The people who are held up as gurus of woodworking usually descend to backing one tool manufacturer or another or manufacture tools themselves. They are not unbiased. Can they really be relied on for full information?

This then begs the question; Just where do people go to learn?

Most of us as woodworkers, amateur or professional, are not trying to mass manufacture anything, are we? The owner of a factory mass making wooden goods will never even read these words because their interests are so totally different to ours. We simply want real woodworking in the garage or the shed or wherever we can work the stuff.

It is unrealistic to think that the relatively few of us who do woodworking could provide beautiful handmade furniture for everyone we know. That is the place of IKEA and such. We are not trying to compete with IKEA. Who said we were and therefore why are we acting like we are?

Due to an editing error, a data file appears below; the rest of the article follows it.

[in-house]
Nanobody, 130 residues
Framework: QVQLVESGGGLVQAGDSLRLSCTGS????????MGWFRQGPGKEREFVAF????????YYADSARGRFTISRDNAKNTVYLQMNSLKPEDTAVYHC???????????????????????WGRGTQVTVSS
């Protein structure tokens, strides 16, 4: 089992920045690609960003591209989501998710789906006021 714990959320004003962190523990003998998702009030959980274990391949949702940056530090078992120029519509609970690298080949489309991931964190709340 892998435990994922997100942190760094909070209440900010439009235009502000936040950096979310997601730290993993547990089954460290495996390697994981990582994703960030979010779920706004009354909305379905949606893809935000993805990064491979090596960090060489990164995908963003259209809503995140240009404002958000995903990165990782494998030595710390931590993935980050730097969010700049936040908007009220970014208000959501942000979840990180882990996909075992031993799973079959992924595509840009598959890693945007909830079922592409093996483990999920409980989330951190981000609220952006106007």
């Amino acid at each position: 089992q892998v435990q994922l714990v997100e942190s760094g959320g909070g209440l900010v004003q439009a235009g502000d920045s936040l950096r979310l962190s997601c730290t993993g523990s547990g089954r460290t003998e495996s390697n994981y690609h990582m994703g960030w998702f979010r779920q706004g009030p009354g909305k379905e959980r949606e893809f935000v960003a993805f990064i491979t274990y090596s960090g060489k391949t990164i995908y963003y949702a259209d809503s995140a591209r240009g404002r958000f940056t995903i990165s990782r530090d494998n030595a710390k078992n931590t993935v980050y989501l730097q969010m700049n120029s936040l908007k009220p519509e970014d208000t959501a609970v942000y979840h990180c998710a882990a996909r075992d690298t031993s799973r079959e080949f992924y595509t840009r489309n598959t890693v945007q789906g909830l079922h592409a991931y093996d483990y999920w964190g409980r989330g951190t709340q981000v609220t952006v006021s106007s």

This is not about handtools vs machines.

This is not about solid wood vs man-made boards.

It is about what is truly economic, quick, safe and rewarding.

We recently showed how to make a lovely dovetailed box from mahogany and poplar cutting each of the dovetailed corners by hand and set the hinges with chisels and home made gauges. It took around 45 minutes to complete. The box will last for at least 100 years.

That is economy!

That is quick!

That is safe!

That is rewarding!

We are not trying to compete with IKEA. IKEA cannot compete with us.

We would like to see a strong community of woodworkers who are willing to share honest and real experience in a number of mediums outside of the reach of those who tout one tool over another because they can gain from it.